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# Energy in Hot and Cold Packs (7 Favorites)

DEMONSTRATION in Exothermic & Endothermic. Last updated August 17, 2019.

### Summary

In this demonstration, students will observe temperature changes in chemical hot and cold packs and discuss processes of endothermic and exothermic changes. They will also see that common household products can be used to make a hot and cold pack.

Middle and high school

## AP Chemistry Curriculum Framework

This demonstration supports the following unit, topic, and learning objective:

• Unit 6: Thermodynamics
• Topic 6.1: Endothermic and Exothermic Processes
• ENE-2.A:Explain the relationship between experimental observations and energy changes associated with a chemical or physical transformation.

The extension lesson additionally supports the following unit, topic, and learning objective:

• Unit 6: Thermodynamics
• Topic 6.4: Heat Capacity and Calorimetry
• ENE-2.D: Calculate the heat q absorbed or released by a system undergoing heating/ cooling based on the amount of the substance, the heat capacity, and the change in temperature.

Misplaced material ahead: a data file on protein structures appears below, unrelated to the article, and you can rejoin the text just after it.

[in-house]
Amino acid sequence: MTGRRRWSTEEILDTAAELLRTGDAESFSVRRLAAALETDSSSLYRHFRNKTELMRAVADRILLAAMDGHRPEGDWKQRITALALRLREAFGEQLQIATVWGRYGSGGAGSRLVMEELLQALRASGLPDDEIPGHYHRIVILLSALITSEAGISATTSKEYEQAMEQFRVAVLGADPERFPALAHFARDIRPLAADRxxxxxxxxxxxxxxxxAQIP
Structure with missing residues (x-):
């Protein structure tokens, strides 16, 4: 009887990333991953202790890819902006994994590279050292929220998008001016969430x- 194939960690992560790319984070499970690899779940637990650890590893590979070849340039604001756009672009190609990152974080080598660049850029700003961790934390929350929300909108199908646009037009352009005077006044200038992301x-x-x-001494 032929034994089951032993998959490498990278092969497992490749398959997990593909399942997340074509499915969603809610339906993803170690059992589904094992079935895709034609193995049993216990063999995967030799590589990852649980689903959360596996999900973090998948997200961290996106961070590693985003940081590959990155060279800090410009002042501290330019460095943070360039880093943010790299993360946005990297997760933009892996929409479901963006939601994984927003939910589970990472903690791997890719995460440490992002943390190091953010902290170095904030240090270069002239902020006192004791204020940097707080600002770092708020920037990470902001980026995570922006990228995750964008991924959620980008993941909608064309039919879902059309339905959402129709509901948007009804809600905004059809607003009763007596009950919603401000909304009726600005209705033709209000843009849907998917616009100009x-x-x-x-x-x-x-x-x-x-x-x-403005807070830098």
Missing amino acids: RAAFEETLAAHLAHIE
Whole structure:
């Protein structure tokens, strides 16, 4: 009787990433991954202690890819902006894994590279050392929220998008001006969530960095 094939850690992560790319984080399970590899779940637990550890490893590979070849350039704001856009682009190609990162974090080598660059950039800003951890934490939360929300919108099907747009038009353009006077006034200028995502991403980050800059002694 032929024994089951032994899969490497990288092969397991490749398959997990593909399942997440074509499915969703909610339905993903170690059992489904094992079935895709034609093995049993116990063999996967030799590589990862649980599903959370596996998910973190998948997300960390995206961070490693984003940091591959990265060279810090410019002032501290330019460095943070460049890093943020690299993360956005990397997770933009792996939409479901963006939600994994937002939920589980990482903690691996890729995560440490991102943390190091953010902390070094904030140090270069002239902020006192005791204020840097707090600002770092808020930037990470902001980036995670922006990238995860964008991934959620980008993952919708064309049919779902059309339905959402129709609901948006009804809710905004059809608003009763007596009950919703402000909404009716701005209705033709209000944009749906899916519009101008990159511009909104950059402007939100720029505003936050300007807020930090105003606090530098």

### NGSS Alignment

This demonstration will help prepare your students to meet the performance expectations in the following standards:

• HS-PS3-4. Plan and conduct an investigation to provide evidence that the transfer of thermal energy when two components of different temperature are combined within a closed system results in a more uniform energy distribution among the components in the system (second law of thermodynamics).
• Science and Engineering Practices: Plan and conduct an investigation individually and collaboratively to produce data to serve as the basis for evidence, and in the design: decide on types, how much, and accuracy of data needed to produce reliable measurements and consider limitations on the precision of the data (e.g., number of trials, cost, risk, time), and refine the design accordingly.

• Crosscutting Concepts:
• Systems and System Models: When investigating or describing a system, the boundaries and initial conditions of the system need to be defined and their inputs and outputs analyzed and described using models.

### Objectives

By the end of this demonstration, students should be able to

• better understand what happens in terms of energy when a substance dissolves.
• define endothermic and exothermic processes.
• classify a change as either endothermic or exothermic.

### Chemistry Topics

This demonstration supports students’ understanding of

• Energy/Thermodynamics
• Exothermic/endothermic processes
• Energy flow between a chemical system and the surroundings

### Time

Teacher Preparation: 15 minutes
Lesson
: 20 minutes

### Materials

• Chemical Hot Pack (2)
• Chemical Cold Pack (2)
• Scissors
• Ice Melt with calcium chloride as the main ingredient (25g)
• Salt Substitute with potassium chloride as the main ingredient (50g)
• Snack size Ziploc® bag (2)
• Quart size Ziploc® bag (2)